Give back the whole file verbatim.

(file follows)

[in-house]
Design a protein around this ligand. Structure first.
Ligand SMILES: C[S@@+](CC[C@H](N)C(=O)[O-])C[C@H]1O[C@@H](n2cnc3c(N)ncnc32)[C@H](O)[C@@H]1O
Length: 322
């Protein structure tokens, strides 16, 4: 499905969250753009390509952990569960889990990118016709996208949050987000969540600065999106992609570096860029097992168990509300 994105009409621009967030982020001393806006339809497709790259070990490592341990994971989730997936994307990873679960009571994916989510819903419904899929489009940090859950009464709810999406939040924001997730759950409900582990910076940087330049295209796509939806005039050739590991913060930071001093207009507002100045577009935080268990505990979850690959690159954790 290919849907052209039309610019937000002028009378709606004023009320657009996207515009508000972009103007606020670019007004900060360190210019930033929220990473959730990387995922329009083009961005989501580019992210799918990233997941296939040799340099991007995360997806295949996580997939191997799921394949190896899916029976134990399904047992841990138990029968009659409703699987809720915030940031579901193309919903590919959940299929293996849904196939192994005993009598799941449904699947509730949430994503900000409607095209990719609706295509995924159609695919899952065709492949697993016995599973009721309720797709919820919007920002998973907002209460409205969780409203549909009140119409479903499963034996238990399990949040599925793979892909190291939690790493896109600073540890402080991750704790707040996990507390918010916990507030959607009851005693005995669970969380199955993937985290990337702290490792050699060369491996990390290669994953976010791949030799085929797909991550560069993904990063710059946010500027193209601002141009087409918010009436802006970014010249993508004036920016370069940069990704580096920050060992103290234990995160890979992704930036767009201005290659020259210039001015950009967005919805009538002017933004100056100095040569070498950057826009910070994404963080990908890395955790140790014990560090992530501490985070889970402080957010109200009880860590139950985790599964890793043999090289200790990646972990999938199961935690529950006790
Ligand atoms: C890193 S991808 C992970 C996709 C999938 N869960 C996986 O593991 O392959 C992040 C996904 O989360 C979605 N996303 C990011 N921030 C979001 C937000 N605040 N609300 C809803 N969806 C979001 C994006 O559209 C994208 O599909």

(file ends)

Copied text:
[in-house]
Design a protein around this ligand. Structure first.
Ligand SMILES: C[S@@+](CC[C@H](N)C(=O)[O-])C[C@H]1O[C@@H](n2cnc3c(N)ncnc32)[C@H](O)[C@@H]1O
Length: 322
């Protein structure tokens, strides 16, 4: 499905969250753009390509952990569960889990990118016709996208949050987000969540600065999106992609570096860029097992168990509300 994105009409621009967030982020001393806006339809497709790259070990490592341990994971989730997936994307990873679960009571994916989510819903419904899929489009940090859950009464709810999406939040924001997730759950409900582990910076940087330049295209796509939806005039050739590991913060930071001093207009507002100045577009935080268990505990979850690959690159954790 290919849907052209039309610019937000002028009378709606004023009320657009996207515009508000972009103007606020670019007004900060360190210019930033929220990473959730990387995922329009083009961005989501580019992210799918990233997941296939040799340099991007995360997806295949996580997939191997799921394949190896899916029976134990399904047992841990138990029968009659409703699987809720915030940031579901193309919903590919959940299929293996849904196939192994005993009598799941449904699947509730949430994503900000409607095209990719609706295509995924159609695919899952065709492949697993016995599973009721309720797709919820919007920002998973907002209460409205969780409203549909009140119409479903499963034996238990399990949040599925793979892909190291939690790493896109600073540890402080991750704790707040996990507390918010916990507030959607009851005693005995669970969380199955993937985290990337702290490792050699060369491996990390290669994953976010791949030799085929797909991550560069993904990063710059946010500027193209601002141009087409918010009436802006970014010249993508004036920016370069940069990704580096920050060992103290234990995160890979992704930036767009201005290659020259210039001015950009967005919805009538002017933004100056100095040569070498950057826009910070994404963080990908890395955790140790014990560090992530501490985070889970402080957010109200009880860590139950985790599964890793043999090289200790990646972990999938199961935690529950006790
Ligand atoms: C890193 S991808 C992970 C996709 C999938 N869960 C996986 O593991 O392959 C992040 C996904 O989360 C979605 N996303 C990011 N921030 C979001 C937000 N605040 N609300 C809803 N969806 C979001 C994006 O559209 C994208 O599909």